UCD UNIVERSITY CAMPUSONE HUNDRED AND ONE PHOTOGRAPHS FROM FIRST VISIT

BLACK TULIPBY EAMONN CEANNT

Eamonn Ceannt (b.1953, Dublin) is a graduate and former Vice President of UCD. His work is notable for its tactile qualities and sinuous forms. Ceannt has travelled extensively over the years including north Africa, the Middle East and the Indian subcontinent and lived for a number of years in Kenya. The influence of native and classical art is evident in his work. 'Black Tulip' is one of a series of sculptures based on plant studies. This work was donated to UCD by RKD architects to mark their 100th anniversary.


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As I had photographed ever university campus in Ireland other than UCD and as I was in the area I decided that I should visit and photograph the Belfield campus.

Belfield is a small enclave, not quite a suburb, in Dún Laoghaire–Rathdown, Ireland. It is synonymous with the main campus of University College Dublin.

Belfield is close to Donnybrook, Ballsbridge, Clonskeagh, Goatstown and Stillorgan and takes its name from Belfield House and Demesne, one of eight properties bought to form the main campus of University College Dublin. It is adjacent to the R138 road.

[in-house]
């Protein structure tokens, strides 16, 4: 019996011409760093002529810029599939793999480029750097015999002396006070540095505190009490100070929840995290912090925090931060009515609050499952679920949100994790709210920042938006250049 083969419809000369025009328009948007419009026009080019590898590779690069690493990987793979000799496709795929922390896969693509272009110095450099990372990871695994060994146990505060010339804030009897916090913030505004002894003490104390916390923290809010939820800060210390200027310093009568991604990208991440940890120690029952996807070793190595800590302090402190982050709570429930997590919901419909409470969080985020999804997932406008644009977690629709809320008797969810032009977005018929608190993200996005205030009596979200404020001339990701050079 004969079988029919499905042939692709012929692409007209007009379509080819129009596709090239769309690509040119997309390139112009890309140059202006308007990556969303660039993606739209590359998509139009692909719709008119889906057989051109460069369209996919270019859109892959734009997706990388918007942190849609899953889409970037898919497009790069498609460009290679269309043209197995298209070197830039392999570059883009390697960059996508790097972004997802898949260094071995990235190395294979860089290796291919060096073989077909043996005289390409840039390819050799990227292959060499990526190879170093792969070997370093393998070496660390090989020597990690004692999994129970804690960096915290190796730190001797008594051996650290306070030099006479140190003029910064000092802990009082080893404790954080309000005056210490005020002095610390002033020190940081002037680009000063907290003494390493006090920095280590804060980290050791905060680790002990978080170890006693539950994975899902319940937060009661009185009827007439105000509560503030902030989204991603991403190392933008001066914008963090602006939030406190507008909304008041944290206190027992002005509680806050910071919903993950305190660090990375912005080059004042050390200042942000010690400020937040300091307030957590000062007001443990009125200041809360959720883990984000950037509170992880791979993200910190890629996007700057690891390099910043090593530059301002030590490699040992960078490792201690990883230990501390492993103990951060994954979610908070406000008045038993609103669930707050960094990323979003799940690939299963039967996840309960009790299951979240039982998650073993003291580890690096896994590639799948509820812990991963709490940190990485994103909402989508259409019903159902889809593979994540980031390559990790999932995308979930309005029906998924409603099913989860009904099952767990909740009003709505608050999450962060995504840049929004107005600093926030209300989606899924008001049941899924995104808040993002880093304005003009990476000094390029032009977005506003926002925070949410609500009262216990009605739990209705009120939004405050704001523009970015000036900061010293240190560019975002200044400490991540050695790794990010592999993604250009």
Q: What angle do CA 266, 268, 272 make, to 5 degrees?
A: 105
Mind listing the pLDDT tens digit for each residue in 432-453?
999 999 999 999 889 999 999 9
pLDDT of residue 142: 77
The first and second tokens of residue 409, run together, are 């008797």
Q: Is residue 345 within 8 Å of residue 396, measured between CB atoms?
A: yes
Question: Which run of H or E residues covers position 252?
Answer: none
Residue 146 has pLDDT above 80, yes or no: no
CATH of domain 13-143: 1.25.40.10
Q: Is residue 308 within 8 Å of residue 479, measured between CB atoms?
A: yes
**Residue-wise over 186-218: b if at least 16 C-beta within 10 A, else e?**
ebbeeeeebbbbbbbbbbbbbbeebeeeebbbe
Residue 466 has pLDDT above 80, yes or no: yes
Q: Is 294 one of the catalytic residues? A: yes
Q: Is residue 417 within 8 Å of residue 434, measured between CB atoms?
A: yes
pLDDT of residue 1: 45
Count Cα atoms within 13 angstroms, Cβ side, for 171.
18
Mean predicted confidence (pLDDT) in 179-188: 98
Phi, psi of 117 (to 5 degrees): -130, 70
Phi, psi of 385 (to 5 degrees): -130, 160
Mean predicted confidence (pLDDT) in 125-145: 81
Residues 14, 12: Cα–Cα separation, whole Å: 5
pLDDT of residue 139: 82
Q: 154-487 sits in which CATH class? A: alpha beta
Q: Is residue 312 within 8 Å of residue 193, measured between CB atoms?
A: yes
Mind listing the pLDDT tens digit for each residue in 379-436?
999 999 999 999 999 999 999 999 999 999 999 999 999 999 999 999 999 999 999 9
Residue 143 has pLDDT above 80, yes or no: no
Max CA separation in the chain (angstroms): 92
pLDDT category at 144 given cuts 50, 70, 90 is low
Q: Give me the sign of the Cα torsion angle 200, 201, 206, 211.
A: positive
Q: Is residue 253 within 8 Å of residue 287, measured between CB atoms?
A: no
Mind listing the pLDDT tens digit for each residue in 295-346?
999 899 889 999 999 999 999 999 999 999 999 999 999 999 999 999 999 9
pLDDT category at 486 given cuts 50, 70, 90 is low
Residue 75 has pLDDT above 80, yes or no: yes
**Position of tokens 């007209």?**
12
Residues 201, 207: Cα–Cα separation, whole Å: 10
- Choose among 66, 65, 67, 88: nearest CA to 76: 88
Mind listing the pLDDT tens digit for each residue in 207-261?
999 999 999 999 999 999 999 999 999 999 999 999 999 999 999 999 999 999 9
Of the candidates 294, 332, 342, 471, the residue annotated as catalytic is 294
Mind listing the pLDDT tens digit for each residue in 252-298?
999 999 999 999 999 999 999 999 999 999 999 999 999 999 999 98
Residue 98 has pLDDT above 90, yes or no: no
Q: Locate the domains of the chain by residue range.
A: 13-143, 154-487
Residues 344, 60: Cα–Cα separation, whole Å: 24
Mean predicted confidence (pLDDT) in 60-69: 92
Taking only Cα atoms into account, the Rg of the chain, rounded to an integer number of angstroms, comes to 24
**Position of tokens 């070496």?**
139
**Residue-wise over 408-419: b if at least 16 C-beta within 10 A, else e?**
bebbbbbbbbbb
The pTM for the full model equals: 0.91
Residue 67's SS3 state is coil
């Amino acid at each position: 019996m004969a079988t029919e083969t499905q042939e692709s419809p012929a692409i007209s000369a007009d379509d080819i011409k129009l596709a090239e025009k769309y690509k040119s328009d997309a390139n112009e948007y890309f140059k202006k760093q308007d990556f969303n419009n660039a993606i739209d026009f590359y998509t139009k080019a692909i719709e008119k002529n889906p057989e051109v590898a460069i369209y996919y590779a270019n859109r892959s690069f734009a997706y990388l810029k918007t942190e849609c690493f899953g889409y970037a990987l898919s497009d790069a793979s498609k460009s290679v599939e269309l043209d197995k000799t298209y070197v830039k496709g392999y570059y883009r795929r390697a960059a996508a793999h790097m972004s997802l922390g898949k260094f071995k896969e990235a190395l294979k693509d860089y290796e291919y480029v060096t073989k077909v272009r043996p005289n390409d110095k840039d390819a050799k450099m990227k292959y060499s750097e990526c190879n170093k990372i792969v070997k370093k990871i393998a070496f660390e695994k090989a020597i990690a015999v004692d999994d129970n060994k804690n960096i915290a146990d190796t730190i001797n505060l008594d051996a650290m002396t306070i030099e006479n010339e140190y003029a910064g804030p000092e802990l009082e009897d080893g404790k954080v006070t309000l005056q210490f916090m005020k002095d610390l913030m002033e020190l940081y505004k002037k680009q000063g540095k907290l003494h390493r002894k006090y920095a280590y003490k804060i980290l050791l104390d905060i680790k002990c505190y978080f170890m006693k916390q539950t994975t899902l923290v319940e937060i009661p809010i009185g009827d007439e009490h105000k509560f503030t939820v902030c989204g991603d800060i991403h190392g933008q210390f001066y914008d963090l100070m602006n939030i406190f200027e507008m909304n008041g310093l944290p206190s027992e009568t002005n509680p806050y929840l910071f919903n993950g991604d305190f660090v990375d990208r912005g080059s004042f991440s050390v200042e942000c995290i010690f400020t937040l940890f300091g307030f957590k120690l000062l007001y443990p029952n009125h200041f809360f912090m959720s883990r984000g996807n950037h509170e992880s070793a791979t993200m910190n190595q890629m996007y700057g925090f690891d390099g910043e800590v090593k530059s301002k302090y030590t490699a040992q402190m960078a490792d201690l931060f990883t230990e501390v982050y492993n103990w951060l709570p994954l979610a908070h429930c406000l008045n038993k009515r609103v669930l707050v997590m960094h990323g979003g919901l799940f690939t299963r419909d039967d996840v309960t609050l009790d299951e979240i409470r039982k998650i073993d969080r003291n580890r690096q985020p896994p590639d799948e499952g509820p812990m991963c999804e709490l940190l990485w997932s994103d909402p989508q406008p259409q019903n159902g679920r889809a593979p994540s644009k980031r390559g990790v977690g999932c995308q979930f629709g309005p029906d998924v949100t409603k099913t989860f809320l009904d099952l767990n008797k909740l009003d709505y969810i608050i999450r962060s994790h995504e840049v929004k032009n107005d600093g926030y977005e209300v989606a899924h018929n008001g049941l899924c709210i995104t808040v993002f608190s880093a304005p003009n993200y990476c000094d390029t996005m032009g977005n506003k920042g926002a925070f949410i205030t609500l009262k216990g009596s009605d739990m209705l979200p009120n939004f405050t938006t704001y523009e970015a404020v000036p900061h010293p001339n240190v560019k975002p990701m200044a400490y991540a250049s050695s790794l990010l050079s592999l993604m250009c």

Belfield was one of the original sites suggested as a possible location for Dublin Airport before Collinstown was chosen. Nowadays, Belfield is synonymous with University College Dublin, being the location of that institution's main 132-hectare campus. University College Dublin (UCD) dates back to its foundation at 86 St. Stephen's Green in 1851 as the Catholic University of Ireland founded by John Henry Newman who was its first rector.

In 1934, UCD bought Belfield House and from 1949 to 1958 purchased a group of adjoining properties to form a potential campus estate.

In 1960, the Government recommended that the College move from the city centre to Belfield. The first buildings to be completed on the new campus were those of the Faculty of Science in 1964. The other faculties moved to Belfield on a phased basis as their new buildings were completed, although as of 2007, parts of a few remain in Dublin city centre. Additionally, the Michael Smurfit Graduate School of Business is based on the remainder of the

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ZEISS BATIS 85mm LENS